NICOSIA – United Nations Secretary General Antonio Guterres, who failed to broker a Cyprus unity deal, will soon name yet another envoy to try to bring Cypriots and Turkish-Cypriots to a deal that has eluded a long line of diplomats for decades.
The spokesman of the UN mission in Cyprus, Aleem Sidique, said Guterres, who took part in the last round of talks that fell apart at the Swiss resort of Crans-Montana in July, 2017 when the Turkish side insisted on keeping an army on the northern third it has occupied since an unlawful 1974 invasion and wanted the right to militarily intervene, said a senior official would be named, the Chinese news agency Xinhua reported.
“As the Secretary General has made clear in his last report, he intends to appoint a senior UN official in the coming weeks to conduct consultations with all the parties. For the UN that will be the next step,” Sidique said in replying to a question on the next steps on Cyprus by Guterres with the June 24 snap elections in Turkey seeing re-election of President Recep Tayyip Erdogan.
the secretary general following the completion of the electoral process in Turkey.
Guterres said in a report to the Security Council earlier this month that the parties must agree on a six-point framework he set out during the last meeting of the parties in Switzerland, as did Cypriot President Nicos Anastasiades, but Turkey won’t give up its army and wants the right to militarily intervene again when it wants, which led the Cypriot leader to walk away.
Cypriot government spokesman Prodromos Prodromou said that now that the elections in Turkey are over “it is time to hear what Ankara has to say on the resumption of the Cyprus peace talks.”
The legitimate government on Cyprus – only Turkey recognizes its own self-declared Republic in the occupied area – said it was ready to resume talks but there’s no word from Erdogan or Turkish-Cypriot leader Mustafa Akinci.
Turkey, which is a guarantor of security on the island along with Greece and the United Kingdom, the former Colonial ruler which still has a military base there, has to consent to whomever Guterres names but has shown no inclination nor interest.
“We would like to see if anything has changed in relation to public statements on the part of Turkey and whether negotiations can resume given the fact that Turkey expressed its intention to move away from the UN framework,” Prodromou said.
Foreign Minister Nicos Christodoulides earlier said that the government hoped that Turkey would give its consent for continuing negotiations after Erdogan was re-elected.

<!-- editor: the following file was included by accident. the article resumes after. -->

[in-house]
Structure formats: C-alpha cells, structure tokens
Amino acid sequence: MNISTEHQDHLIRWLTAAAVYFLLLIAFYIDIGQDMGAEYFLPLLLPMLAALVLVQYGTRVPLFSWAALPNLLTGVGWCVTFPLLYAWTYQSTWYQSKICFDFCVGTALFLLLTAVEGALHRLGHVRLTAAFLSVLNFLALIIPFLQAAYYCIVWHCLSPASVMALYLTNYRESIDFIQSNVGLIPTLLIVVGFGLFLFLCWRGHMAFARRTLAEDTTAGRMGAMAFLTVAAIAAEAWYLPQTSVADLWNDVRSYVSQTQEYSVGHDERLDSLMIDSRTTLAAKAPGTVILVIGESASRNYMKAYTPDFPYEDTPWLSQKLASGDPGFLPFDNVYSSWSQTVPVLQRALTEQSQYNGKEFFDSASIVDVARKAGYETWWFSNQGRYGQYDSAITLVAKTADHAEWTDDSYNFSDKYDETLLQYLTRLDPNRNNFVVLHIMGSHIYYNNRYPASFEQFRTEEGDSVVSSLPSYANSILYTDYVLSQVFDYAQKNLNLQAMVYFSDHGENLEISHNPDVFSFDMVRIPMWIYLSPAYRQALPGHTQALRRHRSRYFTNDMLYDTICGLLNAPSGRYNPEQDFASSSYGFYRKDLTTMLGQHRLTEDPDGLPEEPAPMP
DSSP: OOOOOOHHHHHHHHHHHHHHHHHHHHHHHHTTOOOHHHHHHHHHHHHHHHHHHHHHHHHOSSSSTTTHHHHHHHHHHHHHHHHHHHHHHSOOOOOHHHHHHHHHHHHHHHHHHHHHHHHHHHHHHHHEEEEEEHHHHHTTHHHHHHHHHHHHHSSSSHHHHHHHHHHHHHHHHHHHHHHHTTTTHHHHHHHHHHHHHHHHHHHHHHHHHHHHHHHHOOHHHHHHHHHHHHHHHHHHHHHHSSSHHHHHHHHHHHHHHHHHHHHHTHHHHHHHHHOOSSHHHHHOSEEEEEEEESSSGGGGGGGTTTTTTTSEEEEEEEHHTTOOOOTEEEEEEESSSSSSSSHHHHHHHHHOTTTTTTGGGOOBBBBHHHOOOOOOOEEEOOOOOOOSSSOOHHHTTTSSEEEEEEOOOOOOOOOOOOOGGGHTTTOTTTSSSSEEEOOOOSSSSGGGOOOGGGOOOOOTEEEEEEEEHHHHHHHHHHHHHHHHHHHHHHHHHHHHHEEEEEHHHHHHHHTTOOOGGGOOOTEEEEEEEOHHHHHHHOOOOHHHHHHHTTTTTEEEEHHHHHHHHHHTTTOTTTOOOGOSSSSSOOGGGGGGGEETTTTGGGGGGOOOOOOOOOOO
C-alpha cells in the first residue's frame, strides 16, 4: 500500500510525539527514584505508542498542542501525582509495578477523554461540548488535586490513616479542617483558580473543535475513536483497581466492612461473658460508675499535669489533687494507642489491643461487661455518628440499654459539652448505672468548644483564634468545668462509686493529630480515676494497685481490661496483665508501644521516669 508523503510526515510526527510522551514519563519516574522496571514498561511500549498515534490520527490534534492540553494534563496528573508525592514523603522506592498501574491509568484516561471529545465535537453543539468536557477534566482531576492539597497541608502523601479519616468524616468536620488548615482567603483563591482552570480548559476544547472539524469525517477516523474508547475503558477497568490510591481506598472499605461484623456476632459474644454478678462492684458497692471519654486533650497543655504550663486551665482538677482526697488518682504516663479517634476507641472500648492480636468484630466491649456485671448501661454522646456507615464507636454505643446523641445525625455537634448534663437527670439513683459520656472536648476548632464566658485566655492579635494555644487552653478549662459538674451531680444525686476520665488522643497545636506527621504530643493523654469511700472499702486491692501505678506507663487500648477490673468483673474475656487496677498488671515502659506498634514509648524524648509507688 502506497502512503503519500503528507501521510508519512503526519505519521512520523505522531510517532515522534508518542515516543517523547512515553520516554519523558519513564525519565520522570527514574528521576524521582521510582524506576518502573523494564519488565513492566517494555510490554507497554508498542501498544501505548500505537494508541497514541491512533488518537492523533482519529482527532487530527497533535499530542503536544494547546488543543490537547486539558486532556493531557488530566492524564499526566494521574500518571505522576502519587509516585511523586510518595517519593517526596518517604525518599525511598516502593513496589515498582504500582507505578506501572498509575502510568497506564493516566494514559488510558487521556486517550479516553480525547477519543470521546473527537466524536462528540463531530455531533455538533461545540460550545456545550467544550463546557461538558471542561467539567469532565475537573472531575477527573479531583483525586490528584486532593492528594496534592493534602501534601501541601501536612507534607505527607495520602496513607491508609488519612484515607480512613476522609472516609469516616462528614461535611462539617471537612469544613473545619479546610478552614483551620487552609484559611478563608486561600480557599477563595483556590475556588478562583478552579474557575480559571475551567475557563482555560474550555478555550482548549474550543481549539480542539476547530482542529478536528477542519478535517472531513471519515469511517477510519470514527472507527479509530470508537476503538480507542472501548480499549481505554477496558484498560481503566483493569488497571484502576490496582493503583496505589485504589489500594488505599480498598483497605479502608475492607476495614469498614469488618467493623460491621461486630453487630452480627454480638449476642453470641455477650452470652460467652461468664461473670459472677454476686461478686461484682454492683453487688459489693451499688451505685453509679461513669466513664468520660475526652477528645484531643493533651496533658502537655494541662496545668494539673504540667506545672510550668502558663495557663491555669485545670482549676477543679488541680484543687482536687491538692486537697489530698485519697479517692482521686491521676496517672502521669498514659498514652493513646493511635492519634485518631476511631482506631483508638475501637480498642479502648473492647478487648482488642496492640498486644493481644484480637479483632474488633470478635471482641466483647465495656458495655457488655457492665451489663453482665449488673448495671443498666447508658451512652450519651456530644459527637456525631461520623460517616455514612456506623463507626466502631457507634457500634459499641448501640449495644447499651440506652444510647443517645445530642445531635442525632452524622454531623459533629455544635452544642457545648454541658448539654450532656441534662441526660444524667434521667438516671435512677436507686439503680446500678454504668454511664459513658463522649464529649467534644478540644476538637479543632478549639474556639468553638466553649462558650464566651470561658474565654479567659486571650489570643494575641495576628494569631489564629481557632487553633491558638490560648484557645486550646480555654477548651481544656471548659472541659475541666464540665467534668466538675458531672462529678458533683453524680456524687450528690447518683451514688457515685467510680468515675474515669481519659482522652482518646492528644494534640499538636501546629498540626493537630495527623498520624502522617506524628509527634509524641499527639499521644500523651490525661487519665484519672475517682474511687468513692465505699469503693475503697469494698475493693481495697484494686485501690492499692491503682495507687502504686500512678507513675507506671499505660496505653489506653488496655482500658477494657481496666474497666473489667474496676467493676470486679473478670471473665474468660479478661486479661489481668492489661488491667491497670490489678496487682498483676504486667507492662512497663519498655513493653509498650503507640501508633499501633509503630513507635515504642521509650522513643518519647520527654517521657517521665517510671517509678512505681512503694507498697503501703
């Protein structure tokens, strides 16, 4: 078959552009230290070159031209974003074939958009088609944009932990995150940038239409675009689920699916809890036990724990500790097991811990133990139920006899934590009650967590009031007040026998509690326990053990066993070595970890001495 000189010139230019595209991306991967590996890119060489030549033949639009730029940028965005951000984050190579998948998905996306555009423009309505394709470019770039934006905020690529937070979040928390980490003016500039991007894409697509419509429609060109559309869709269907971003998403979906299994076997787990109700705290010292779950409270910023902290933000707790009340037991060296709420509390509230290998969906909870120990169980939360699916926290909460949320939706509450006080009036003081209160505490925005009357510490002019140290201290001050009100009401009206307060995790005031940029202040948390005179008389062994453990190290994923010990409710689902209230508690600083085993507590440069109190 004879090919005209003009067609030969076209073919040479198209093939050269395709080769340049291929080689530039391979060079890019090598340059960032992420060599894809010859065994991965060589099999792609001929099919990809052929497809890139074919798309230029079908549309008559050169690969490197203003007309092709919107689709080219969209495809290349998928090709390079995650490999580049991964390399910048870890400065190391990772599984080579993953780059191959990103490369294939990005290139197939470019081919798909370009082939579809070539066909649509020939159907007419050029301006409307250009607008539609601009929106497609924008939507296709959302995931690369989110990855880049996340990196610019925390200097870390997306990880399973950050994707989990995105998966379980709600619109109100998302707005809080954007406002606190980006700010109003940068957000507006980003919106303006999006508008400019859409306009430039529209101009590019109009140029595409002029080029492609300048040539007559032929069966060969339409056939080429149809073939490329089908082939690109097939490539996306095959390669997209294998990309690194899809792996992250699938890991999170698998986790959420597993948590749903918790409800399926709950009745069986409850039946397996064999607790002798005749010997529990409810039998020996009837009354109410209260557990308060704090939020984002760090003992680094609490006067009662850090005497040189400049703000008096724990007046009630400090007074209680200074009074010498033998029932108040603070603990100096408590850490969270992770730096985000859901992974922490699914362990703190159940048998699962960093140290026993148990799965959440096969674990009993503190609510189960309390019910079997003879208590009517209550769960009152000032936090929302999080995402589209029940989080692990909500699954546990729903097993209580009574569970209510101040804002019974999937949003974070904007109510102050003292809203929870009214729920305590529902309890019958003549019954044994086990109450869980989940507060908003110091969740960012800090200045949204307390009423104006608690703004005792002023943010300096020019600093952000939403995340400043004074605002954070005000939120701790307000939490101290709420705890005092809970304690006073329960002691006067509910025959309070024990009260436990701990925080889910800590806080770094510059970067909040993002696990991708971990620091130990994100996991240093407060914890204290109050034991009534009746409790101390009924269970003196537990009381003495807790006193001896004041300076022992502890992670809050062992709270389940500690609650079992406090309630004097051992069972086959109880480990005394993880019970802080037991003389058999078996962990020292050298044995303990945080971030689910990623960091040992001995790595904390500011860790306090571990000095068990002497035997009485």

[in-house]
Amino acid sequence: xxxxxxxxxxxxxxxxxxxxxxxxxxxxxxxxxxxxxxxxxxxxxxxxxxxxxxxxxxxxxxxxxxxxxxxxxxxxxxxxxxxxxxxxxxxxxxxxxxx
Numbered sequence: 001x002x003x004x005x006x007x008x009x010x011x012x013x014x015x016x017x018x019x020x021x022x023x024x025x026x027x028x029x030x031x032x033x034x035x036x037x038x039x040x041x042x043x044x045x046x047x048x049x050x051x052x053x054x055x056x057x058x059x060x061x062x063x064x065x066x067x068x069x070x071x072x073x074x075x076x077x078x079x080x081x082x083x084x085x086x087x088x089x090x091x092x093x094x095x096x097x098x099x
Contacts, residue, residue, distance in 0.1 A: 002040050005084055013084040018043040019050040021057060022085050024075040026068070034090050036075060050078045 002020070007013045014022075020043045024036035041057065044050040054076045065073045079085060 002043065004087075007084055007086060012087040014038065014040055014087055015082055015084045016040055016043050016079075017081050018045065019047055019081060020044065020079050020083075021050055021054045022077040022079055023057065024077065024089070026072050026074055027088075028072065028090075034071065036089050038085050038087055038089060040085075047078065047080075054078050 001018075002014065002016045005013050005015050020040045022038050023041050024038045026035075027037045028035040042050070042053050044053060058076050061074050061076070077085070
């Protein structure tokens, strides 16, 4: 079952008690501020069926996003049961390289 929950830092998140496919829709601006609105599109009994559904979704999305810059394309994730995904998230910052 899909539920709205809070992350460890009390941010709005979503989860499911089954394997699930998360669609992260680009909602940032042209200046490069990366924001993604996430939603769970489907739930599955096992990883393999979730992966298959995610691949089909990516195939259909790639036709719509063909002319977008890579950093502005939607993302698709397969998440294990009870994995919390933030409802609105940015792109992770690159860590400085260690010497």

After the talks fell apart, Erdogan sent Turkish warships into waters off the island’s coast in the Exclusive Economic Zone (EEZ) claimed by the government and said he would block foreign energy companies from drilling in waters where they are licensed to look for oil and gas.
Turkey doesn’t recognize Cyprus, a member of the European Union that Erdogan wants his country to join, and bars its ships and planes with essentially no rebuke from the EU.
It’s not official but the UN Special Representative and head of the UNFICYP peacekeeping operation on Cyprus, Canadian diplomat Elizabeth Spehar has reportedly been talking with Cypriot and Turkish-Cypriot officials about rebooting collapsed unity talks.
There’s no official UN envoy to replace Norway’s Espen Barth Eide, who last year became the latest in a long line of diplomats to give up trying to find an agreement.
Cyprus would resume collapsed talks to unify the island but only on condition Turkey and Turkish-Cypriots accept United Nations guidelines, Humanitarian Affairs Commissioner Photis Photiou said earlier.
Speaking at a memorial at the church in Meneou for those who fell in 1974 and are still missing from Kontea, Photiou said the island cannot go on under today’s “unacceptable situation” of occupation, the Cyprus Mail reported.
He said he hoped “Turkey would cooperate to solve the humanitarian problem of the missing, taking on the huge responsibilities it has. Most families of the missing continue to have no news of their loved ones. “Time is now the biggest enemy for the missing,” he added.
“We are ready anytime to continue the negotiations where they left off last July,” Photiou continued.